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|Case Number:||Criminal Appeal 143 of 1981|
|Parties:||Dishon Ochola v Republic|
|Date Delivered:||27 Jan 1982|
|Court:||Court of Appeal at Mombasa|
|Judge(s):||David Christopher Porter, Chunilal Bhagwandas Madan, Cecil Henry Ethelwood Miller|
|Citation:||Dishon Ochola v Republic  eKLR|
|Case History:||(Appeal from a judgment of the High Court of Kenya at Mombasa (Kneller, J) dated 7th November, 1981 in Criminal Appeal No.181 of 1981|
|History Docket No:||181 of 1981|
|History Judges:||Alister Arthur Kneller|
|Case Outcome:||Appeal Dismissed.|
|Disclaimer:||The information contained in the above segment is not part of the judicial opinion delivered by the Court. The metadata has been prepared by Kenya Law as a guide in understanding the subject of the judicial opinion. Kenya Law makes no warranties as to the comprehensiveness or accuracy of the information|
IN THE COURT OF APPEAL
(Coram: Madan , Miller and Potter, JJ.A.)
CRIMINAL APPEAL NO. 143 OF 1981
DISHON OCHOLA ….............................APPELLANT
REPUBLIC …..................................... RESPONDENT
(Appeal from a judgment of the High Court of Kenya at Mombasa (Kneller, J) dated 7th November, 1981 in Criminal Appeal No.181 of 1981
JUDGMENT OF THE COURT
This is a second appeal by this appellant, his first appeal to the High Court having been dismissed, against conviction for grievous harm and assault causing actual bodily harm, contrary to sections 234 and 251 respectively of the penal Code. On the night of 14th March, 1981, the appellant was drinking in Mini Bar, Mkowe, Lamu District. So also were two Administration Police Officers named Jamlick Mwaniki and Timothy Nyamu. As is both normal and customary in and around such places of pleasure there were also a number of ladies of leisure hanging about there among them one Njeri. This lady began bragging that she was having a drink with officers of the Administration police, no doubt a rare honour for her. The appellant passed some derogatory remarks about Administrative police Officers. When Mwaniki was leaving the bar, he came face to face with the appellant. Words passed between about Njeri. A struggle ensued during the course of which Mwaniki was stabbed in his ribs with a sharp instrument. Mwaniki fell down. The appellant ran. When Nyamu tried to intercept him he was stabbed in his left shoulder. When the appellant was arrested soon thereafter by G.S.U. Chief Inspector Simon Itote no weapon was found on him.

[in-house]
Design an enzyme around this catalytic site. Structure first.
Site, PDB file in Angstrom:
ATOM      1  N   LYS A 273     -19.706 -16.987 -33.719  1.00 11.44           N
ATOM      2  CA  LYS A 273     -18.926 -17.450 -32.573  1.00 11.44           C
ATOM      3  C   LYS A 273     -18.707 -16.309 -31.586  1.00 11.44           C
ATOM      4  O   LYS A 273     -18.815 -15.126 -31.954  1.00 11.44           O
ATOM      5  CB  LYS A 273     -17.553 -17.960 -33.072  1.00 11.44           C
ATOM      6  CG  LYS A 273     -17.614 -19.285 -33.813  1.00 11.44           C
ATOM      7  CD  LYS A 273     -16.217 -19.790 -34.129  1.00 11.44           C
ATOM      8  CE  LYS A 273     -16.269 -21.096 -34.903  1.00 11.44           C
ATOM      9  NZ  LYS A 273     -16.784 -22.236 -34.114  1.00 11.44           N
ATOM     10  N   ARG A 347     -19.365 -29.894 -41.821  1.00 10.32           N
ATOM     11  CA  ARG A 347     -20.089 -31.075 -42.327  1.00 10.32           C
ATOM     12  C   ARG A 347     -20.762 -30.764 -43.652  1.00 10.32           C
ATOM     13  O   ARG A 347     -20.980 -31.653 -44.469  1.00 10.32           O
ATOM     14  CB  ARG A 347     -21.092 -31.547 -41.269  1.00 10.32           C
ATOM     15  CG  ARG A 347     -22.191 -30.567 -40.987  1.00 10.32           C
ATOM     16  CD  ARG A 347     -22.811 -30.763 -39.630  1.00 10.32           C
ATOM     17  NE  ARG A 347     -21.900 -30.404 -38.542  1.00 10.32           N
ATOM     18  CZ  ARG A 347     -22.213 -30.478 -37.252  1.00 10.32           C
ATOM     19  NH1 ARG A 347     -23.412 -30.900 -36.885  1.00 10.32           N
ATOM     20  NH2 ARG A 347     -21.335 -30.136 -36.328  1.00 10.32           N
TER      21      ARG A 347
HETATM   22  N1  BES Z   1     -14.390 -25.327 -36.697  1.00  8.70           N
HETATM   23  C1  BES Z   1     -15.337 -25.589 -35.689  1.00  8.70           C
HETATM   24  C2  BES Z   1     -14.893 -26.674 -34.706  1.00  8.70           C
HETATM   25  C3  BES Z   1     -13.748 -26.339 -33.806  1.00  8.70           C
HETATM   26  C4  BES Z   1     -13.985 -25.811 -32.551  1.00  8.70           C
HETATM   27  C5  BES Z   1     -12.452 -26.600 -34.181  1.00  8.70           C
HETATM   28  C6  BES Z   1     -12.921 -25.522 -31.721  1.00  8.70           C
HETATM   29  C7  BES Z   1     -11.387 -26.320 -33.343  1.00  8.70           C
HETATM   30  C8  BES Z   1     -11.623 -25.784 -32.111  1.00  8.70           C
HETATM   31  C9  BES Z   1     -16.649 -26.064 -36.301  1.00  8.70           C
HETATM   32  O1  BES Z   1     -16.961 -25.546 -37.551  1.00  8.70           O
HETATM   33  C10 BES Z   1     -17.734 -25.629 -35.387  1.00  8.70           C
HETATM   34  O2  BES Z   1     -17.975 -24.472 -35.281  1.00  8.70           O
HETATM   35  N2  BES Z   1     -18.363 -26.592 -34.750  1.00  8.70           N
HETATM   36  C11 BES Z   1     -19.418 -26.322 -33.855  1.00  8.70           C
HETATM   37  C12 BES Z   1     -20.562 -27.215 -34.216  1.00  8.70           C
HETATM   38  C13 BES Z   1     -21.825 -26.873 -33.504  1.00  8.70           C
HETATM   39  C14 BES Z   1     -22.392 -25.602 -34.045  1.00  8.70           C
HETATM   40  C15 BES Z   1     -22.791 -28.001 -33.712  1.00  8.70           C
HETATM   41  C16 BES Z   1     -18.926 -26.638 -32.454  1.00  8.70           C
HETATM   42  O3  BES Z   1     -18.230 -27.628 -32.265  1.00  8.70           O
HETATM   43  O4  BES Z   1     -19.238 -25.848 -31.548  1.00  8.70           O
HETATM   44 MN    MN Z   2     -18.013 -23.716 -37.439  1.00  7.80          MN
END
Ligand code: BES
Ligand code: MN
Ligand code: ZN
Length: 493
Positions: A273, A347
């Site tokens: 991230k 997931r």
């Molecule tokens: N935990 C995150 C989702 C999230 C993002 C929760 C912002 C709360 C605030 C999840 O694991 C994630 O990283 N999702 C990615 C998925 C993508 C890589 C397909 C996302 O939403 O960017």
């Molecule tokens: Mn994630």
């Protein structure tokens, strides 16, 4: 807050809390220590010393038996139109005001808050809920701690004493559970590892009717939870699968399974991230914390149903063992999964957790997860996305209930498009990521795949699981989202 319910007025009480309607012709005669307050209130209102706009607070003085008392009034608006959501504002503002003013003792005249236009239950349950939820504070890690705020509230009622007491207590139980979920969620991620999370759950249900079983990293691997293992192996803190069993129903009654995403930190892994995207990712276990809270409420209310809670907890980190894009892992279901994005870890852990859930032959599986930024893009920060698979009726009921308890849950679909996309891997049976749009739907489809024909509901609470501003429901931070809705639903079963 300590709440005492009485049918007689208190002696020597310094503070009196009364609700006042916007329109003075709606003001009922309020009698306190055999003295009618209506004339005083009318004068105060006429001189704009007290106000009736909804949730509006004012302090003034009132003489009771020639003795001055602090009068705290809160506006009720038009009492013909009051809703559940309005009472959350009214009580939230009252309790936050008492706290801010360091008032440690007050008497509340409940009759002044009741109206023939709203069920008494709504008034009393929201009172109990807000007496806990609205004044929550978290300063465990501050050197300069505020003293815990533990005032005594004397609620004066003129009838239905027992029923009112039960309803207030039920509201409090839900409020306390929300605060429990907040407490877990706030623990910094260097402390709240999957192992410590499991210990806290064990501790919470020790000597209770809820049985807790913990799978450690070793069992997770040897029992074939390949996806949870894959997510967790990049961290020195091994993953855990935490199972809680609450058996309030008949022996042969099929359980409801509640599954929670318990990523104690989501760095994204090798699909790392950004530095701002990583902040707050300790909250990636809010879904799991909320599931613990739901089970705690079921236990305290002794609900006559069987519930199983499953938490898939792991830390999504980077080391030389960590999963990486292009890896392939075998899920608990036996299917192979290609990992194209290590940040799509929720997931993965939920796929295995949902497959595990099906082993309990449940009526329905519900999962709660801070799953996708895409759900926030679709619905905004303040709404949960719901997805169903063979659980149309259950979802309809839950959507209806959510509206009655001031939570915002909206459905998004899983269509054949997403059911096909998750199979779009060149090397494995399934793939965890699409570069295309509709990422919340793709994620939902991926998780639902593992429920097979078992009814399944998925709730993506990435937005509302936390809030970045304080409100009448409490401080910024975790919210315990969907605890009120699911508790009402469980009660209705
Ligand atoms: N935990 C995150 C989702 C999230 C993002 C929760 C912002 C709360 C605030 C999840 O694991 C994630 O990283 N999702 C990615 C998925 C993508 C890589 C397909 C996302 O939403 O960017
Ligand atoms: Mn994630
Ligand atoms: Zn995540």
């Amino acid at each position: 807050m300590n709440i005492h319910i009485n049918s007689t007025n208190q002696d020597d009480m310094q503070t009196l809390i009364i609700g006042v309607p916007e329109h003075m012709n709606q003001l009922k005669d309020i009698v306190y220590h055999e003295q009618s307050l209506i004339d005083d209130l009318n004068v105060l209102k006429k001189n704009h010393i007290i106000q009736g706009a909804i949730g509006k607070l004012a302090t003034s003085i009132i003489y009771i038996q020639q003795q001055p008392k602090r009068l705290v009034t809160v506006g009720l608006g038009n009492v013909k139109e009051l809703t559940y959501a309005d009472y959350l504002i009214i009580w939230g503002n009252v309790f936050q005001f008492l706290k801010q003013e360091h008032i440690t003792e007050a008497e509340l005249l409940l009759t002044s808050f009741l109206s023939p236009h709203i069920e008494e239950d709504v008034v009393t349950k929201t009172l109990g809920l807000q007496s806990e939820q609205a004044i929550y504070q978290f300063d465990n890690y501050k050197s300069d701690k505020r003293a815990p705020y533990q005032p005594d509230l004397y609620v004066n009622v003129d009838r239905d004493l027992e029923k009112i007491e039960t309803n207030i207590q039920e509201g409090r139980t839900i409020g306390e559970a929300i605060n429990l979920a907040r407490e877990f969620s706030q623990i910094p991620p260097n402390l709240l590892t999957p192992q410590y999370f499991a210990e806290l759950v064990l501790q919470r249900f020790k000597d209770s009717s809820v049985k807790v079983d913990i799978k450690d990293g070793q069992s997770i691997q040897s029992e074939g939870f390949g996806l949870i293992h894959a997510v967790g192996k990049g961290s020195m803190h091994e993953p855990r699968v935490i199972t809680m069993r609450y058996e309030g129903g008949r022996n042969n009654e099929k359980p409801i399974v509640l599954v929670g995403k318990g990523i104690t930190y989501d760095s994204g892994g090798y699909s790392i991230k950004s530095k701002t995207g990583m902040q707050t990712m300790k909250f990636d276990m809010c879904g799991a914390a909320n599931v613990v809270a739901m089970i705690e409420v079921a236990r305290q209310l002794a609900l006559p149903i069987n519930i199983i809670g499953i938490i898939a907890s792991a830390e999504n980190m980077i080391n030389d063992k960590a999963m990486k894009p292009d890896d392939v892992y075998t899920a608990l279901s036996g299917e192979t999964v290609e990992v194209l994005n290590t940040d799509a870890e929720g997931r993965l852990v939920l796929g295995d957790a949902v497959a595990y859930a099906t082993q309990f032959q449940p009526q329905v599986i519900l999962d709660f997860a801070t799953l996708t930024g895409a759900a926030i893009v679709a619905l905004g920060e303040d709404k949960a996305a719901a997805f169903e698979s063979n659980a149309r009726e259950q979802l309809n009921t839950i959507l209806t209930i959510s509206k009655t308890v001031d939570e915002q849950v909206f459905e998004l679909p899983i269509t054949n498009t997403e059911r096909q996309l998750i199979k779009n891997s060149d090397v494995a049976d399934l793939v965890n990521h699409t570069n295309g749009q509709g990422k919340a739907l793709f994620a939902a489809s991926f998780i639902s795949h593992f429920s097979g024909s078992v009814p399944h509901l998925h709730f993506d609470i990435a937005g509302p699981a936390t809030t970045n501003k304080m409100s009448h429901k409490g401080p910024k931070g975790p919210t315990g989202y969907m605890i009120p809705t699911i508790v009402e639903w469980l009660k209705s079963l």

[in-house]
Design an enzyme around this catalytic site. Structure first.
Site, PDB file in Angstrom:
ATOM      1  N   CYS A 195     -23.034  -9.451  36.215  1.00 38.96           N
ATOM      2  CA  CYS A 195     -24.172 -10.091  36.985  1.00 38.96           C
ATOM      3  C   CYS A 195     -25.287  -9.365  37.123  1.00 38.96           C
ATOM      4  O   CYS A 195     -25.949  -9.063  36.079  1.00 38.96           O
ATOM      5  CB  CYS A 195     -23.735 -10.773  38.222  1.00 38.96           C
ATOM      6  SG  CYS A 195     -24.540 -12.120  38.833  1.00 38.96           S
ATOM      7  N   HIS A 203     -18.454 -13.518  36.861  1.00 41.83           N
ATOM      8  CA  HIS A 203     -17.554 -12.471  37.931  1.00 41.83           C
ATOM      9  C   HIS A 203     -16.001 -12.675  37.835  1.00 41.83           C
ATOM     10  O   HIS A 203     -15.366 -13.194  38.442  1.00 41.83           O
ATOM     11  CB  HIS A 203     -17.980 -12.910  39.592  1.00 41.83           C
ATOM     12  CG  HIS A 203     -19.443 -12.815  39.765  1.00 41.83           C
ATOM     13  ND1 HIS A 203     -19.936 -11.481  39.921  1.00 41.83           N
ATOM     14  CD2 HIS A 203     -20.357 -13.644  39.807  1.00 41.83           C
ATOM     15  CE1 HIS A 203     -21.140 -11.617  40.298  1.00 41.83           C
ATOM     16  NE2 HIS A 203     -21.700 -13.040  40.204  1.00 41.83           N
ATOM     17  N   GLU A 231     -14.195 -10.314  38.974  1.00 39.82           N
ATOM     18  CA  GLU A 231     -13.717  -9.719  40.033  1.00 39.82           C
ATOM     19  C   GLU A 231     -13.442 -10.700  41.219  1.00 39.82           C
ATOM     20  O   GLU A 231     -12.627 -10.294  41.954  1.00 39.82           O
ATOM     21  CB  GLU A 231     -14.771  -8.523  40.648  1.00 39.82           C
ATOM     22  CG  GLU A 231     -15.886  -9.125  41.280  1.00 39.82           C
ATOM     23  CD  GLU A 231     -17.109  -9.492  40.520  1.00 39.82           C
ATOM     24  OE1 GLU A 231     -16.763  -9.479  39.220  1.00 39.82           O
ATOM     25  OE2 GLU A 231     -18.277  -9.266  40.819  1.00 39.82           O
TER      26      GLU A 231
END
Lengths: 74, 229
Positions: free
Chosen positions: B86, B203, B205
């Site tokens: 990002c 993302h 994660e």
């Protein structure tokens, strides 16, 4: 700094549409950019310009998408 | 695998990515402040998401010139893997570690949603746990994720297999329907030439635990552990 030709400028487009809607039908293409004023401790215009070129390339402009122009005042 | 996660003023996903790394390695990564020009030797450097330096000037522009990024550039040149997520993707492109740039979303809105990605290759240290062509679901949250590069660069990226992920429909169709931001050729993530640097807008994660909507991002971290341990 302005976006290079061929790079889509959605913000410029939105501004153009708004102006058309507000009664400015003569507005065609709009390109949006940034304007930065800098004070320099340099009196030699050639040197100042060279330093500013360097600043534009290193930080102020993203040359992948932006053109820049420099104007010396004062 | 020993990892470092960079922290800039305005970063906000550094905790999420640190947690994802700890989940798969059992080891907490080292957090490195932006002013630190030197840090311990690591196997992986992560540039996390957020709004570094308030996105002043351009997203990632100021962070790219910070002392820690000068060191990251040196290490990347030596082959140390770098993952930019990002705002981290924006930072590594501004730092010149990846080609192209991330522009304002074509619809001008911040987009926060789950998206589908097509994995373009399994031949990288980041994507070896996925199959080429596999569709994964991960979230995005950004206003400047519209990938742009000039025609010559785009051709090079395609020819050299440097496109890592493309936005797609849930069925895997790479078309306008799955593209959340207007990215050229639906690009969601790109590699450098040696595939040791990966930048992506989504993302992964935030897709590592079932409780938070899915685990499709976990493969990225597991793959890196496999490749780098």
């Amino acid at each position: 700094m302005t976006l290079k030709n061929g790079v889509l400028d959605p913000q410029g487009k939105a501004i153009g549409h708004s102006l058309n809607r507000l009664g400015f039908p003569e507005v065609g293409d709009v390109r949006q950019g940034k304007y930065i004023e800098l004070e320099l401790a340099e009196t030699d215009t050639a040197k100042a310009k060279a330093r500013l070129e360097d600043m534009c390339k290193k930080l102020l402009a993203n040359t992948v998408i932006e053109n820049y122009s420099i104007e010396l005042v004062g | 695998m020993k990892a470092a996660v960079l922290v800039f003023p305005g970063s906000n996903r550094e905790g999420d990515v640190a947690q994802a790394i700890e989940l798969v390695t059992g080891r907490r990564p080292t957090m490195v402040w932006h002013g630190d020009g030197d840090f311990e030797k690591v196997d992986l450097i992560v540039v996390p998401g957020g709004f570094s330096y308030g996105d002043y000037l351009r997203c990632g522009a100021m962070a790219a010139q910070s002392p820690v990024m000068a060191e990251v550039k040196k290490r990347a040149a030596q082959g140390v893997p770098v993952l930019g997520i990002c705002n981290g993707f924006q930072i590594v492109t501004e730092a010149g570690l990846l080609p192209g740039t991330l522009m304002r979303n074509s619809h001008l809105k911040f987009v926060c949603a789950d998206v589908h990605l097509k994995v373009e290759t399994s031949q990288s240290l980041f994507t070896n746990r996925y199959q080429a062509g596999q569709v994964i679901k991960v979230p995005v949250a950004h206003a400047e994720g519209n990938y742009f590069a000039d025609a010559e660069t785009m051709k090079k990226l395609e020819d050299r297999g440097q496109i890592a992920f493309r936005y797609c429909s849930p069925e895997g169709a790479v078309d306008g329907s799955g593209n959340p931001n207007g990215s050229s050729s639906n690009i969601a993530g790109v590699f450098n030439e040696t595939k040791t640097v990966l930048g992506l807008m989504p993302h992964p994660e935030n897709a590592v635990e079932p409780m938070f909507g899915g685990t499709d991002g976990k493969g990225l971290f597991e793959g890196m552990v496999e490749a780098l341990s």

Mwaniki’s stab would in his chest was caused by a sharp instrument which had collapsed the lung. His wound was medically assessed as grievous harm. Nyamu’s shoulder would which was not serious was assessed as harm. The medical officer who examined Mwaniki and Nyamu agreed that possibly a knife had been used to cause the two wounds.
Not only did the two lower courts make concurrent findings of fact that it was the appellant who assaulted and wounded both Mwaniki and Nyamu but the learned judge on first appeal to the High Court stated the irrefutable when he pointed out that when he pointed out that when Mwaniki and Nyamu received their respective wounds the appellant alone was engaged in combat separately with each of them and there was no third person involved. The barman (P.W.3). testified that the appellant had a knife in his belt. He could have got rid of the knife without any great difficulty in the darkness. The magistrate erred when he said in his judgment that the last stabbing was witnessed by Chief Inspector Itote who separated the contestants. The magistrate was confused. Itote said no such thing in his evidence. However, without it also on the evidence before him the magistrate could not have come to any other reasonable conclusion but to convict the appellant as he did. The appeal is ordered to be dismissed.
Dated at Mombasa this 27th day of January, 1982.
JUDGE OF APPEAL;
JUDGE OF APPEAL
JUDGE OF APPEAL
I certify that this is a true copy
of the original.